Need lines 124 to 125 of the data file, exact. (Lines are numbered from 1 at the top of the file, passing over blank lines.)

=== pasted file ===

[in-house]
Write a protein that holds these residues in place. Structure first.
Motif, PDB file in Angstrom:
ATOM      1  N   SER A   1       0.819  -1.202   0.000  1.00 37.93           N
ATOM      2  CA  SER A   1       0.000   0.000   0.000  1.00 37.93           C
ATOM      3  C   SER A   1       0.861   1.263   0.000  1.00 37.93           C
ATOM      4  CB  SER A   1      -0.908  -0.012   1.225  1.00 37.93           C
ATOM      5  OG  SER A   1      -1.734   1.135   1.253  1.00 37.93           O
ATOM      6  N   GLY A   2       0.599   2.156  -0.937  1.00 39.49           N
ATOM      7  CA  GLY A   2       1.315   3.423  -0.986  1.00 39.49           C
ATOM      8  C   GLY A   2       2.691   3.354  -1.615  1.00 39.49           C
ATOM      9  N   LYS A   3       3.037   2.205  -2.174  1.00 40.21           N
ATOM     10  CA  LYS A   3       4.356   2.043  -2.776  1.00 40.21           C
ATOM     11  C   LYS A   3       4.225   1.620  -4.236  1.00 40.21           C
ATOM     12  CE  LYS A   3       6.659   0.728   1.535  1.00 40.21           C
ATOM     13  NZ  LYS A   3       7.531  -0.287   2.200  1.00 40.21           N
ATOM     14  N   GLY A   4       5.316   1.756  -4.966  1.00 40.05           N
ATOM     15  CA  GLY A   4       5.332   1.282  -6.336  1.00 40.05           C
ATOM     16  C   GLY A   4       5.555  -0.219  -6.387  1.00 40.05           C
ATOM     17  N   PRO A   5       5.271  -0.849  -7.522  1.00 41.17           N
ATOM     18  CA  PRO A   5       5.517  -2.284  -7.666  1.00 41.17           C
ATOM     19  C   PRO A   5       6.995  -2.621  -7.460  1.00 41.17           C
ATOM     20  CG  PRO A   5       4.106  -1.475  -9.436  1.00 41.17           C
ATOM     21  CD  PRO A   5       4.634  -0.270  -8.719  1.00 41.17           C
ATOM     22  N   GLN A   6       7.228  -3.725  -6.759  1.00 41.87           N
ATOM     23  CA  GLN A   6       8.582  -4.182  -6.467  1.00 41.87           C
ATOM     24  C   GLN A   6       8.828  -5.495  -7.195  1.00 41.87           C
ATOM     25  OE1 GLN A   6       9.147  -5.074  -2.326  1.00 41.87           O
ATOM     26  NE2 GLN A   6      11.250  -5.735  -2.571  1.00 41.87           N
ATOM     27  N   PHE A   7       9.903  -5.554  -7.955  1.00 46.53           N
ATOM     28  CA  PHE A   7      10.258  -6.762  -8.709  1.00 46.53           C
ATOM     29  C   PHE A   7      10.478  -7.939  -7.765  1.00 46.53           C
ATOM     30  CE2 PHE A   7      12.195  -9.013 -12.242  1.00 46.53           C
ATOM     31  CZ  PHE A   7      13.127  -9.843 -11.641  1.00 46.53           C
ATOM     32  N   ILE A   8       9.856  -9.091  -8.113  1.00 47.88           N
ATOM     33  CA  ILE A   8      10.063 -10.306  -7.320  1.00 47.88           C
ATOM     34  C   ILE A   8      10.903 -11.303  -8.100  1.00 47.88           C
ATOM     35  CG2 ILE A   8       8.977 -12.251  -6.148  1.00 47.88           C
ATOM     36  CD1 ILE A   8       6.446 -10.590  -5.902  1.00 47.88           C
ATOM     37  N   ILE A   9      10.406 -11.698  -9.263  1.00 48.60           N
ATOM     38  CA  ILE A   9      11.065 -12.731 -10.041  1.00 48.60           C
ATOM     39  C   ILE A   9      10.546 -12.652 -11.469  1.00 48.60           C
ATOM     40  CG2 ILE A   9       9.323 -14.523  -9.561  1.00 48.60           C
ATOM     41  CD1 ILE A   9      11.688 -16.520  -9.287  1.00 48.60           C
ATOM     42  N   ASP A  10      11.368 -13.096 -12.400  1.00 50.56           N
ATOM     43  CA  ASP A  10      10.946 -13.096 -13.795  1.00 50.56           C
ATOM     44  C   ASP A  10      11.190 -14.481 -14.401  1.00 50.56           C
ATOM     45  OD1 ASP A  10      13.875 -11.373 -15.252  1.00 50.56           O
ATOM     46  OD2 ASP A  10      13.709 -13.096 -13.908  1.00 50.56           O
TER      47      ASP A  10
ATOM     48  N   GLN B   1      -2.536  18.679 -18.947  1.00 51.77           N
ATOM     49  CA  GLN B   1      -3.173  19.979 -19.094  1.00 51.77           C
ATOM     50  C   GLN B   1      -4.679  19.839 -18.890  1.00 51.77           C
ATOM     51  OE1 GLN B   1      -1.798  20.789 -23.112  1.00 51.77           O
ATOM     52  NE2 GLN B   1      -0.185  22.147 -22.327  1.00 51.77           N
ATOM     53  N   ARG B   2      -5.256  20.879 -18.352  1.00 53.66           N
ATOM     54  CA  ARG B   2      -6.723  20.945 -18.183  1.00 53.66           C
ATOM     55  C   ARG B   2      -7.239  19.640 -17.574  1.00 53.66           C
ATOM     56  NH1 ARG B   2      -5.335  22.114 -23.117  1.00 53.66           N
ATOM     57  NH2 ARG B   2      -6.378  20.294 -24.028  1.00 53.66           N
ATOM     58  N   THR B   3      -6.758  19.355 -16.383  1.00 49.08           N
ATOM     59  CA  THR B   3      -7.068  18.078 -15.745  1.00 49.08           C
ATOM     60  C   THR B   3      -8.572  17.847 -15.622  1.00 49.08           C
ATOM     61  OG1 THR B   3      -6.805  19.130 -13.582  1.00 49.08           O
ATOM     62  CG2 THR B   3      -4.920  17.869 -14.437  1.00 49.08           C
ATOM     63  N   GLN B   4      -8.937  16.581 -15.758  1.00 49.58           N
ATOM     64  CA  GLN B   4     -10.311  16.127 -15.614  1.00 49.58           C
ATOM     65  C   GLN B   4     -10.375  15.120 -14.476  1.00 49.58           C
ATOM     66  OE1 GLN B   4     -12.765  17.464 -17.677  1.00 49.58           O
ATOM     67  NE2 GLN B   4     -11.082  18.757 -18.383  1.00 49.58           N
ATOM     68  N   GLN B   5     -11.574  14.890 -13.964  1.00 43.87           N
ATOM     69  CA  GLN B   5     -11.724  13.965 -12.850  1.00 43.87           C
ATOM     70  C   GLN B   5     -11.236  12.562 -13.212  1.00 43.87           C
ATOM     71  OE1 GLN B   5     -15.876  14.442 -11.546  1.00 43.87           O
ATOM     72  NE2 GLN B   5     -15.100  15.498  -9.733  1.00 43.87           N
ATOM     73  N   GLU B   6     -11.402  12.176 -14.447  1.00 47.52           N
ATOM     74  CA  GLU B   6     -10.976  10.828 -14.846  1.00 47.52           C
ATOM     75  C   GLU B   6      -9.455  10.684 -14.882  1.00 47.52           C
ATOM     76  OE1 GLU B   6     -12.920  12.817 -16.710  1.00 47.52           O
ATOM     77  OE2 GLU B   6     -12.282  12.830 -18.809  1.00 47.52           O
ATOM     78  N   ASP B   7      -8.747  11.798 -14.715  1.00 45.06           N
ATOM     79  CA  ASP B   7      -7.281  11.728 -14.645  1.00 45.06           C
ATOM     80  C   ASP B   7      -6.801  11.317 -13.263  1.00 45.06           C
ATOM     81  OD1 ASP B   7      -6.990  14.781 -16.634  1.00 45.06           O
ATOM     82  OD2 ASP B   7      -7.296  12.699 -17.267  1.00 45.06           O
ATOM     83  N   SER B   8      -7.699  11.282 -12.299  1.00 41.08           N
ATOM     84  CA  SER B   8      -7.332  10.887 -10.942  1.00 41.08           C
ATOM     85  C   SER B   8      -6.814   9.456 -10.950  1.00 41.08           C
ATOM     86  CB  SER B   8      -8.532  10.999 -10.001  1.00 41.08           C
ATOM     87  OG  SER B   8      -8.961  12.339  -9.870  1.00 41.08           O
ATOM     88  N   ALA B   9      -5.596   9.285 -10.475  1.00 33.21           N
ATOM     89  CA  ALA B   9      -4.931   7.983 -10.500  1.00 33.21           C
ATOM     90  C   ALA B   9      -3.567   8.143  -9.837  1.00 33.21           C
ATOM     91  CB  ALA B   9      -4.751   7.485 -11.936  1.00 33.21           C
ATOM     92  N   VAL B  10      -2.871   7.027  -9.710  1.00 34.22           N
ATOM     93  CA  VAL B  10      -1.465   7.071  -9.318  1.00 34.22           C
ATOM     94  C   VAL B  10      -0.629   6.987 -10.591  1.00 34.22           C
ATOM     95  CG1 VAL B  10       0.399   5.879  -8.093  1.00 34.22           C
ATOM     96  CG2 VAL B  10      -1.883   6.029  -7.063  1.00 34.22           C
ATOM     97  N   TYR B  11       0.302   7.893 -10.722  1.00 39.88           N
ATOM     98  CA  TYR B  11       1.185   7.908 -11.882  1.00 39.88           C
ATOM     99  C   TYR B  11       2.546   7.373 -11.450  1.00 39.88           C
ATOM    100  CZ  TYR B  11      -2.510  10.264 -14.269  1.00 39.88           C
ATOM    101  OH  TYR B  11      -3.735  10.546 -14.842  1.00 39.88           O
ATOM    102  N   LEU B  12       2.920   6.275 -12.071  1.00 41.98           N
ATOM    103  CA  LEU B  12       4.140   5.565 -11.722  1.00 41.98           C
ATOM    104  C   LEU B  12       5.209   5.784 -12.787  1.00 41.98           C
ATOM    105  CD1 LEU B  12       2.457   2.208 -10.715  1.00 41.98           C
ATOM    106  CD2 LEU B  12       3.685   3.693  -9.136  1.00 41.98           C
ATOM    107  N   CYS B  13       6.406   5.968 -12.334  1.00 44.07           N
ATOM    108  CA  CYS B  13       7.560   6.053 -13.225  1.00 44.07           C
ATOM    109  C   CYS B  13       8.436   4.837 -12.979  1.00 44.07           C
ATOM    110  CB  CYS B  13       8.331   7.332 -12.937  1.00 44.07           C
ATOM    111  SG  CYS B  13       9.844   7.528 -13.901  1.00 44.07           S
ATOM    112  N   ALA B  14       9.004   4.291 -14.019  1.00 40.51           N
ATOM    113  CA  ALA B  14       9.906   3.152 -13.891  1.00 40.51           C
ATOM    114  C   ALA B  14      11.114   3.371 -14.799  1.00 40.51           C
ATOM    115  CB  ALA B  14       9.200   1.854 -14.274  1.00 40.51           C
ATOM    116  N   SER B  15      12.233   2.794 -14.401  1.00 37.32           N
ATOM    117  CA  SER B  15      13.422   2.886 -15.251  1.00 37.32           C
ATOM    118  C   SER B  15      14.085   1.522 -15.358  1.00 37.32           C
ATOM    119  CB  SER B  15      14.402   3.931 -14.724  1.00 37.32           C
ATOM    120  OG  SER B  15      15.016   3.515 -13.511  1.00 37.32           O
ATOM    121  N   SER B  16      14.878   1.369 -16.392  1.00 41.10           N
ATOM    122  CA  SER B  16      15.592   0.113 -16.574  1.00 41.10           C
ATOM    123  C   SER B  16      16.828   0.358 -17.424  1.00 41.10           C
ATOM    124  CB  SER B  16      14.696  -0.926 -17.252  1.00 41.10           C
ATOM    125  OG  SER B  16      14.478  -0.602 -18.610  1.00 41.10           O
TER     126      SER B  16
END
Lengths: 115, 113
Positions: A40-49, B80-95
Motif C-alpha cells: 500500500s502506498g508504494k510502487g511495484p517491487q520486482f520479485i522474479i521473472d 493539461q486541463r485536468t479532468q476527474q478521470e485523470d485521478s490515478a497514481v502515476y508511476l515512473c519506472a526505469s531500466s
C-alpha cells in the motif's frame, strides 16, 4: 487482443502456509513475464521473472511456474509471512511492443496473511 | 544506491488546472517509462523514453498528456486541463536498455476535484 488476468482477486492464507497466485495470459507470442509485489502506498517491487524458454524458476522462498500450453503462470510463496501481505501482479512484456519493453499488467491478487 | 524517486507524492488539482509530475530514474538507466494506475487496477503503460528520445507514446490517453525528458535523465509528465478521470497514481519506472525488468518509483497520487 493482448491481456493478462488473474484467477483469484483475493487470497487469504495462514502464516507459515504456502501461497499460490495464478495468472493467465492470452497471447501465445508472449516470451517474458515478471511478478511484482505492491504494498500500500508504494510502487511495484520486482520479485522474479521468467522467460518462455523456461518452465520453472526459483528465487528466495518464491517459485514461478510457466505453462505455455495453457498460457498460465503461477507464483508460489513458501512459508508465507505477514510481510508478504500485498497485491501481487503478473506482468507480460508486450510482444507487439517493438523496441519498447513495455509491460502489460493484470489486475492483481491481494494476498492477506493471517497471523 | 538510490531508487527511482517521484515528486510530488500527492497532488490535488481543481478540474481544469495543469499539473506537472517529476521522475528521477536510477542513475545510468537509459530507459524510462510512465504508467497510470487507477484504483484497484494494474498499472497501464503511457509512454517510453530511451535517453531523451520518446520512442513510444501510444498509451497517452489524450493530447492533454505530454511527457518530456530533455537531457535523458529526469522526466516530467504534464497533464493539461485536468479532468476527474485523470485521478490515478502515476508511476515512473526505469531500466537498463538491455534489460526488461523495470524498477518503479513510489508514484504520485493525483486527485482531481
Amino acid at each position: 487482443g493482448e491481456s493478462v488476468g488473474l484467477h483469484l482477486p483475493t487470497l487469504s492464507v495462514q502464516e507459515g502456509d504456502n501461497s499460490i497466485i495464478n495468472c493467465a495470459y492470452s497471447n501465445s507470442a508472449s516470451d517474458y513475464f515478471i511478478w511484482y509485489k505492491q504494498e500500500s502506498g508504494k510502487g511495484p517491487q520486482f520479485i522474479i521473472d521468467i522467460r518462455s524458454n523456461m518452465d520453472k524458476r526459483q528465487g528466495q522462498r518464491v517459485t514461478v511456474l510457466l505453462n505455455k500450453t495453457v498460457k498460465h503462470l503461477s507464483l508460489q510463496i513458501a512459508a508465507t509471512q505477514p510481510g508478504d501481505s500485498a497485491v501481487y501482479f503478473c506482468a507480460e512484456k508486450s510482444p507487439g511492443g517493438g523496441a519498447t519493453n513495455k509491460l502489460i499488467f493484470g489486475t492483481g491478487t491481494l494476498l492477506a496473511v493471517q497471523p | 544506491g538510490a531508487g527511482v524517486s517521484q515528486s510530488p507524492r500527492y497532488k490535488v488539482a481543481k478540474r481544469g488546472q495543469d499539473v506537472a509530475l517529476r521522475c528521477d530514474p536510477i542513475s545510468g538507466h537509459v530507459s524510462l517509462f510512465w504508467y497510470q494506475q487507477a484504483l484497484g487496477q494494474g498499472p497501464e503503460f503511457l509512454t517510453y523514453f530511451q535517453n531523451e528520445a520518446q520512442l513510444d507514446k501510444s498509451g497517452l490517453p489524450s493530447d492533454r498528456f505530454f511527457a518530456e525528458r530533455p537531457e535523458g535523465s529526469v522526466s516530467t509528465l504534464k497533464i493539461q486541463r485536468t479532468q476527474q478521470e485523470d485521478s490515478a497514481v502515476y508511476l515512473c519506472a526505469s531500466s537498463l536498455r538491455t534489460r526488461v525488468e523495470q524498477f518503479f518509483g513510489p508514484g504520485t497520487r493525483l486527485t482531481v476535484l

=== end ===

ATOM    121  N   SER B  16      14.878   1.369 -16.392  1.00 41.10           N
ATOM    122  CA  SER B  16      15.592   0.113 -16.574  1.00 41.10           C